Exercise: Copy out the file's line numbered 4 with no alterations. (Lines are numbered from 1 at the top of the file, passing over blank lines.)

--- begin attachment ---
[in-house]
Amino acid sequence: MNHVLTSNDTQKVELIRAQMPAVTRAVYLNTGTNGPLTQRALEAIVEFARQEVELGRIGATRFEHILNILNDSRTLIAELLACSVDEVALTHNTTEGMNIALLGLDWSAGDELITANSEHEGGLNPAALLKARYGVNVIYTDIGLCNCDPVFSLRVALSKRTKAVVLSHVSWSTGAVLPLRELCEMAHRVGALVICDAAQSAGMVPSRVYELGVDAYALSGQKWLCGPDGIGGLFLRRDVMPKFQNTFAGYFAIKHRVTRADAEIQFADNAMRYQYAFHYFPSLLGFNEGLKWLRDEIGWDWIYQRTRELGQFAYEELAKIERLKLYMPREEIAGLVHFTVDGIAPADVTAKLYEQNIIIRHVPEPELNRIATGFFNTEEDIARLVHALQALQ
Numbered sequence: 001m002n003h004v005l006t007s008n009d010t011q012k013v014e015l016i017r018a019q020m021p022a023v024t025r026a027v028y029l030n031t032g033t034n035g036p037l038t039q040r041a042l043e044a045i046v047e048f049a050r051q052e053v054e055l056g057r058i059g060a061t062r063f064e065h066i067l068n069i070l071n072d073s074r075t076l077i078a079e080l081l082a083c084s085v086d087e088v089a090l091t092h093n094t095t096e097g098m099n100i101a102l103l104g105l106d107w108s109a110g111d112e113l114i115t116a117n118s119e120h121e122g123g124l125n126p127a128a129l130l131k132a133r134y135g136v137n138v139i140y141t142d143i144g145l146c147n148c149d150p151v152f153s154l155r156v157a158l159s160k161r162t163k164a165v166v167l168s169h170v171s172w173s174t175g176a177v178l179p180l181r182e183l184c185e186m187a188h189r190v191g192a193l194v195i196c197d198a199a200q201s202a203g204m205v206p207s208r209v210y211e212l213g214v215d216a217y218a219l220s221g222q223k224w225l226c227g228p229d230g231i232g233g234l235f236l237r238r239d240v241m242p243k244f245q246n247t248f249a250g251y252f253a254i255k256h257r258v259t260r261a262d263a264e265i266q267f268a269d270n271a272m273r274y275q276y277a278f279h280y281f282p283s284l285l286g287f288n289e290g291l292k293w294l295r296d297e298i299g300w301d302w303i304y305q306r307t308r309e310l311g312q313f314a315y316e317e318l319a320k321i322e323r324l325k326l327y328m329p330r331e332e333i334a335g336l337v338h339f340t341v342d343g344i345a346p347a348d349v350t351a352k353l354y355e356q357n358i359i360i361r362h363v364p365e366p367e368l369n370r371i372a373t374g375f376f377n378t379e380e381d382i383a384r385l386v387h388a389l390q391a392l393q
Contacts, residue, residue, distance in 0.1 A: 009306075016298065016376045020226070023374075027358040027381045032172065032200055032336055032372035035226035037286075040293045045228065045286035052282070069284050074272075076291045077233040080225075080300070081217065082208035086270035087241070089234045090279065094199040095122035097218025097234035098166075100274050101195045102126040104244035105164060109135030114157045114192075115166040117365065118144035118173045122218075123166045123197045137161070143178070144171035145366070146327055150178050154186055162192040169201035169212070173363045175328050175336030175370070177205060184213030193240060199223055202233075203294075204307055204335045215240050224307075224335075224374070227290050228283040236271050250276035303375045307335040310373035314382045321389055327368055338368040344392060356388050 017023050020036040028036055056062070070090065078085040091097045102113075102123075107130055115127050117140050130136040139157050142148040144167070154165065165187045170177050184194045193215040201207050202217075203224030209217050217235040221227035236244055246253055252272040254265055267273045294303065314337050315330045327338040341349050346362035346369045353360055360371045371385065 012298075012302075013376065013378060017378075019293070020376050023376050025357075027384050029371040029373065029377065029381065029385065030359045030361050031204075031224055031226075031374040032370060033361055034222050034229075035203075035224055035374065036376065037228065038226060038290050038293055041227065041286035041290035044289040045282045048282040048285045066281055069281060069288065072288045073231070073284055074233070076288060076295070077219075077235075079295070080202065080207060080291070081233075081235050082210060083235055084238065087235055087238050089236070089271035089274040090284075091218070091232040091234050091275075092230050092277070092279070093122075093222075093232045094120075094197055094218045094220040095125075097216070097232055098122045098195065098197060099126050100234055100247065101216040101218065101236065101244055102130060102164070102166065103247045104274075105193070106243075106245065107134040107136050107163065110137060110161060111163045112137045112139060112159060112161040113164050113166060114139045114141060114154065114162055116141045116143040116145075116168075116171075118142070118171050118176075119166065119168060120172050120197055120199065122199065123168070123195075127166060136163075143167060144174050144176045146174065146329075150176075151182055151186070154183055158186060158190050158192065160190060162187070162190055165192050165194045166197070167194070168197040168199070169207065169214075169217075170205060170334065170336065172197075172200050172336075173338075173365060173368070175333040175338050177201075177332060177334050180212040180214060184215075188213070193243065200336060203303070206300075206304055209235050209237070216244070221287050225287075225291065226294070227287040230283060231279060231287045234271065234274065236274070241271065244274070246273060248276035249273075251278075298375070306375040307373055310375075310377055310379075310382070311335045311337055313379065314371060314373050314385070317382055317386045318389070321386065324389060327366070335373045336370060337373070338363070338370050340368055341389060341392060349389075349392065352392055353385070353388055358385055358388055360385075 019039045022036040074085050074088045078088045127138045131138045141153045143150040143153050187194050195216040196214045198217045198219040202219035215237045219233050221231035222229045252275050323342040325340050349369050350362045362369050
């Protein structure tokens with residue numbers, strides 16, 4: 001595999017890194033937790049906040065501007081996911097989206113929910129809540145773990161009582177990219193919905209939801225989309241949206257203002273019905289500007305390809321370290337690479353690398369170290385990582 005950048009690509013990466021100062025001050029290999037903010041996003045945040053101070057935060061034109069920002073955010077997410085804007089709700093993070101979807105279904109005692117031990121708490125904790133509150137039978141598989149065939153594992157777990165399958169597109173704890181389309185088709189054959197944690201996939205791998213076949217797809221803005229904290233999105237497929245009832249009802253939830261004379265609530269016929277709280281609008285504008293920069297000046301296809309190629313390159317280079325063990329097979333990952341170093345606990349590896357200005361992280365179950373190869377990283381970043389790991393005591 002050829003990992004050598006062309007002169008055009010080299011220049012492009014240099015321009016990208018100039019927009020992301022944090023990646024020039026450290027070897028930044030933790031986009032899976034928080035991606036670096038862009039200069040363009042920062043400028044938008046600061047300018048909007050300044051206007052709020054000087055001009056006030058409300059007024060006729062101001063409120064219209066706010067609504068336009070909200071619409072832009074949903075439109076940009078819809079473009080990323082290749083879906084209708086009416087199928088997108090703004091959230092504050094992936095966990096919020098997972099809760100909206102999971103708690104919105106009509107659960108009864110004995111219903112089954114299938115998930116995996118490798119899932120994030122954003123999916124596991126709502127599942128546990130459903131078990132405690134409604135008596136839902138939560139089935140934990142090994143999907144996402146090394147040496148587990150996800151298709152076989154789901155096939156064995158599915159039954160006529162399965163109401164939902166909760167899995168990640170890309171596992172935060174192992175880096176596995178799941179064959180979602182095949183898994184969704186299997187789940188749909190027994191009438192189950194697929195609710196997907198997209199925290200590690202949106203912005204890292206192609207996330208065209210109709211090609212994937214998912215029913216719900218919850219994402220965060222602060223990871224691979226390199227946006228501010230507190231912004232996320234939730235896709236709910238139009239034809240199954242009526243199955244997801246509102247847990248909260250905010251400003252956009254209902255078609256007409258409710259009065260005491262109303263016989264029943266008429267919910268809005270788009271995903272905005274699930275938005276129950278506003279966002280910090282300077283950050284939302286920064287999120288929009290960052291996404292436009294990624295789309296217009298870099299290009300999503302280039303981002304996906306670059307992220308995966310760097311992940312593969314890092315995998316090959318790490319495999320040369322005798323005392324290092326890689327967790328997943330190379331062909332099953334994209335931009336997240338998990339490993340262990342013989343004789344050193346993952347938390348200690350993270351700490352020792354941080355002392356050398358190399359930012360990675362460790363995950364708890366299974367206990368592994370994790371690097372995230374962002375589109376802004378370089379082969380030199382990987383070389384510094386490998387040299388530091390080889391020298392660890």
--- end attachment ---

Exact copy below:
Contacts, residue, residue, distance in 0.1 A: 009306075016298065016376045020226070023374075027358040027381045032172065032200055032336055032372035035226035037286075040293045045228065045286035052282070069284050074272075076291045077233040080225075080300070081217065082208035086270035087241070089234045090279065094199040095122035097218025097234035098166075100274050101195045102126040104244035105164060109135030114157045114192075115166040117365065118144035118173045122218075123166045123197045137161070143178070144171035145366070146327055150178050154186055162192040169201035169212070173363045175328050175336030175370070177205060184213030193240060199223055202233075203294075204307055204335045215240050224307075224335075224374070227290050228283040236271050250276035303375045307335040310373035314382045321389055327368055338368040344392060356388050 017023050020036040028036055056062070070090065078085040091097045102113075102123075107130055115127050117140050130136040139157050142148040144167070154165065165187045170177050184194045193215040201207050202217075203224030209217050217235040221227035236244055246253055252272040254265055267273045294303065314337050315330045327338040341349050346362035346369045353360055360371045371385065 012298075012302075013376065013378060017378075019293070020376050023376050025357075027384050029371040029373065029377065029381065029385065030359045030361050031204075031224055031226075031374040032370060033361055034222050034229075035203075035224055035374065036376065037228065038226060038290050038293055041227065041286035041290035044289040045282045048282040048285045066281055069281060069288065072288045073231070073284055074233070076288060076295070077219075077235075079295070080202065080207060080291070081233075081235050082210060083235055084238065087235055087238050089236070089271035089274040090284075091218070091232040091234050091275075092230050092277070092279070093122075093222075093232045094120075094197055094218045094220040095125075097216070097232055098122045098195065098197060099126050100234055100247065101216040101218065101236065101244055102130060102164070102166065103247045104274075105193070106243075106245065107134040107136050107163065110137060110161060111163045112137045112139060112159060112161040113164050113166060114139045114141060114154065114162055116141045116143040116145075116168075116171075118142070118171050118176075119166065119168060120172050120197055120199065122199065123168070123195075127166060136163075143167060144174050144176045146174065146329075150176075151182055151186070154183055158186060158190050158192065160190060162187070162190055165192050165194045166197070167194070168197040168199070169207065169214075169217075170205060170334065170336065172197075172200050172336075173338075173365060173368070175333040175338050177201075177332060177334050180212040180214060184215075188213070193243065200336060203303070206300075206304055209235050209237070216244070221287050225287075225291065226294070227287040230283060231279060231287045234271065234274065236274070241271065244274070246273060248276035249273075251278075298375070306375040307373055310375075310377055310379075310382070311335045311337055313379065314371060314373050314385070317382055317386045318389070321386065324389060327366070335373045336370060337373070338363070338370050340368055341389060341392060349389075349392065352392055353385070353388055358385055358388055360385075 019039045022036040074085050074088045078088045127138045131138045141153045143150040143153050187194050195216040196214045198217045198219040202219035215237045219233050221231035222229045252275050323342040325340050349369050350362045362369050